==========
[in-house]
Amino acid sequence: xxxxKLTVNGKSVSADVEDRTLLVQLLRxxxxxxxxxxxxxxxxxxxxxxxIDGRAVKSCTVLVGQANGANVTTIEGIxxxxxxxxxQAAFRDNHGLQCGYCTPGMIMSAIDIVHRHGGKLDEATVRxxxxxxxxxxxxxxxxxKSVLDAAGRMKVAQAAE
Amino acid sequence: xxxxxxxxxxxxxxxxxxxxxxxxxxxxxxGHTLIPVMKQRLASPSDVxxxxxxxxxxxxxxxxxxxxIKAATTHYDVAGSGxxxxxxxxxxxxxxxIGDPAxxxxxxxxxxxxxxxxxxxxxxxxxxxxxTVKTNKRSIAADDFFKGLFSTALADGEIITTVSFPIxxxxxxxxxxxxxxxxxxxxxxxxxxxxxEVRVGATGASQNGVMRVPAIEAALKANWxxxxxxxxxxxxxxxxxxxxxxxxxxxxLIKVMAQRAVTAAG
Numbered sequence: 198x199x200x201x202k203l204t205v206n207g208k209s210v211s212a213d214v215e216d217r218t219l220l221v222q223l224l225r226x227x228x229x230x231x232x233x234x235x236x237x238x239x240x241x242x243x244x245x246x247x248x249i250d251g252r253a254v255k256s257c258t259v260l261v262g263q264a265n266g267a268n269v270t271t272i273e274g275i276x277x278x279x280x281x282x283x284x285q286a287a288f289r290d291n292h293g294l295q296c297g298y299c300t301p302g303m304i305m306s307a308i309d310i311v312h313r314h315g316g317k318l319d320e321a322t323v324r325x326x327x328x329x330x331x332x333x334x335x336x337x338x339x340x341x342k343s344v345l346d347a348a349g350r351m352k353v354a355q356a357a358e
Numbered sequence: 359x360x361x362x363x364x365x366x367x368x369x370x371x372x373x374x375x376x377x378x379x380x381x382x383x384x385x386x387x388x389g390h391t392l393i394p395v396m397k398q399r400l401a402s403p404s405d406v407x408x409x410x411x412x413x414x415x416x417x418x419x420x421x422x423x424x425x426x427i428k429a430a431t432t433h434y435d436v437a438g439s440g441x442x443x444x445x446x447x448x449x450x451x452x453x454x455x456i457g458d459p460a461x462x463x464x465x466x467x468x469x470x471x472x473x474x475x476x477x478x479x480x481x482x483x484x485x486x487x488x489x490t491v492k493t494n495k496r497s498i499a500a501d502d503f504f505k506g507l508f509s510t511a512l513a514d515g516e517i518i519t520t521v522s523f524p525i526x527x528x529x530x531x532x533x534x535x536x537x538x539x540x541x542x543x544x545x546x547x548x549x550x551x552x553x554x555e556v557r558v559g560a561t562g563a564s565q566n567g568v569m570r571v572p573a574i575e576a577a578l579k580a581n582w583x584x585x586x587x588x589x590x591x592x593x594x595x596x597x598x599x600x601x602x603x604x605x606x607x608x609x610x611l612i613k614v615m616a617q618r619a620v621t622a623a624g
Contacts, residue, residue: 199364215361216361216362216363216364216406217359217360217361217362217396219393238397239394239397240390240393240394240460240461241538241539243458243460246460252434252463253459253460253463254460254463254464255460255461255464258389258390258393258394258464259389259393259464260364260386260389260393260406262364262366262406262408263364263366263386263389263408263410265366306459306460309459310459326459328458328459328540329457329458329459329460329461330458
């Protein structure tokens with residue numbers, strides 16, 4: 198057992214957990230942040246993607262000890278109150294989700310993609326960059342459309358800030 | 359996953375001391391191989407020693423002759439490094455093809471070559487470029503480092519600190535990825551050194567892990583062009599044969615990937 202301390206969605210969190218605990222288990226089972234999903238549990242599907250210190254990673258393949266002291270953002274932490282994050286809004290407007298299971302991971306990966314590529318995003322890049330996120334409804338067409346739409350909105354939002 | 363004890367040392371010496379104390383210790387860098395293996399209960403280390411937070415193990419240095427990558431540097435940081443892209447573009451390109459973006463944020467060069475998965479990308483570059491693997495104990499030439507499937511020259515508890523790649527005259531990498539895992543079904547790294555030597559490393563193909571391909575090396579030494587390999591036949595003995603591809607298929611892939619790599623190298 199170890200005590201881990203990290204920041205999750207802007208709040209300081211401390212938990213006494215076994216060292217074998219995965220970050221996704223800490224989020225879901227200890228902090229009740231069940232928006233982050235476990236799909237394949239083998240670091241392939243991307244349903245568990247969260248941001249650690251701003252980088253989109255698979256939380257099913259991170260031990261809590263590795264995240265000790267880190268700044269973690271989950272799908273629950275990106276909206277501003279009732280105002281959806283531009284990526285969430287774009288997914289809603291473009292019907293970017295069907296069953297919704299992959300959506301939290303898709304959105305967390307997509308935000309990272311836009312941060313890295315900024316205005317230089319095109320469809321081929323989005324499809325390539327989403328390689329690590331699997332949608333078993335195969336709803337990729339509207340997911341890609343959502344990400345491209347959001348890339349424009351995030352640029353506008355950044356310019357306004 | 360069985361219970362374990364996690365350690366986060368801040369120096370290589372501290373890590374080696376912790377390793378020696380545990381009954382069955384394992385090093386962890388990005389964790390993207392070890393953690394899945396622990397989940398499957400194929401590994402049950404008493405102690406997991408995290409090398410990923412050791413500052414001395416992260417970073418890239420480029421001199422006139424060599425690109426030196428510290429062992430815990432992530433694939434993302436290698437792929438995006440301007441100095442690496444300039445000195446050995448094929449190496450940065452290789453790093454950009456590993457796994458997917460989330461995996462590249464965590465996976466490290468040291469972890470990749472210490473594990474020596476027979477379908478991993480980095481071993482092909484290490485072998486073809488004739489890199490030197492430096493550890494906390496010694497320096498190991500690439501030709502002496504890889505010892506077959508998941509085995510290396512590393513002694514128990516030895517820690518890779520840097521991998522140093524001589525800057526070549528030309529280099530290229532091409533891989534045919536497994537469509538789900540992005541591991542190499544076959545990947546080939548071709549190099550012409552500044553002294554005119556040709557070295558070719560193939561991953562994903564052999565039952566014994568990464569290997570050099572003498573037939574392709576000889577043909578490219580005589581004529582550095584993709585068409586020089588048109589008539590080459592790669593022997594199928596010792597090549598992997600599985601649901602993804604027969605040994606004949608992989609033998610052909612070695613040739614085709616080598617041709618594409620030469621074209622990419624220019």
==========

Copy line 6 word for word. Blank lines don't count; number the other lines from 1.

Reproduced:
Contacts, residue, residue: 199364215361216361216362216363216364216406217359217360217361217362217396219393238397239394239397240390240393240394240460240461241538241539243458243460246460252434252463253459253460253463254460254463254464255460255461255464258389258390258393258394258464259389259393259464260364260386260389260393260406262364262366262406262408263364263366263386263389263408263410265366306459306460309459310459326459328458328459328540329457329458329459329460329461330458